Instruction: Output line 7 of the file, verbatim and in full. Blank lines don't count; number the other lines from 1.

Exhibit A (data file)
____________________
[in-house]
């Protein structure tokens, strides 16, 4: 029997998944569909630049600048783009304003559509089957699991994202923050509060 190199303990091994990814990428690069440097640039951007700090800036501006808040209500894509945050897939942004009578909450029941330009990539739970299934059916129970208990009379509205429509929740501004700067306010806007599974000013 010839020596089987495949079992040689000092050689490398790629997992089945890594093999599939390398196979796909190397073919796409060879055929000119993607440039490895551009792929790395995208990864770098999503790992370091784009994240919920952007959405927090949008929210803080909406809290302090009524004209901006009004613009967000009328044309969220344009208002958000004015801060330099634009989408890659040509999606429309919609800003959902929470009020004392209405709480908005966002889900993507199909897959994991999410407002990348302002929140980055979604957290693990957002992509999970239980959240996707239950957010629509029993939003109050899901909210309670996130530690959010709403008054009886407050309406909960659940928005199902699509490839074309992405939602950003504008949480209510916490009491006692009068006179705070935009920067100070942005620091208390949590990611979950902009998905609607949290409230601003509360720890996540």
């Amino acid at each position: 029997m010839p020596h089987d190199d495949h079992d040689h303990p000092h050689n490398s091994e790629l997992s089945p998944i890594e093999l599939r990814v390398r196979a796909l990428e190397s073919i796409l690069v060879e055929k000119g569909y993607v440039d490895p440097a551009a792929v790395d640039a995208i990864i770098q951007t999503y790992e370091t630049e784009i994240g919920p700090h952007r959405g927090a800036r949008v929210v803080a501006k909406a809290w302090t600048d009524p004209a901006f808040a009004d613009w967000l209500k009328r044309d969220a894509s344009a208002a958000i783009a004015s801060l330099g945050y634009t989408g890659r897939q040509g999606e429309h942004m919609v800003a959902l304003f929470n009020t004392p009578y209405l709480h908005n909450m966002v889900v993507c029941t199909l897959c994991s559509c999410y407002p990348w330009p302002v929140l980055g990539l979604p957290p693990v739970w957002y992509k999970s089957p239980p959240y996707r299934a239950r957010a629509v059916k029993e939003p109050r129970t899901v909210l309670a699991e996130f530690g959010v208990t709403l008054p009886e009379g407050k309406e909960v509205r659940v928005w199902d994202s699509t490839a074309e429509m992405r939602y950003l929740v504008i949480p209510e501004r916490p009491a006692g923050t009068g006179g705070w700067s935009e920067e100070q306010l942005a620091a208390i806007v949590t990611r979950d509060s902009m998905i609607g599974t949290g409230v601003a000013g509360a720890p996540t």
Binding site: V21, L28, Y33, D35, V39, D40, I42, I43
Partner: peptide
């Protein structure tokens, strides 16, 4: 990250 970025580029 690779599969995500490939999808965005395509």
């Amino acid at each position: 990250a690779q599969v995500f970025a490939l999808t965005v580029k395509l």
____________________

């Amino acid at each position: 990250a690779q599969v995500f970025a490939l999808t965005v580029k395509l």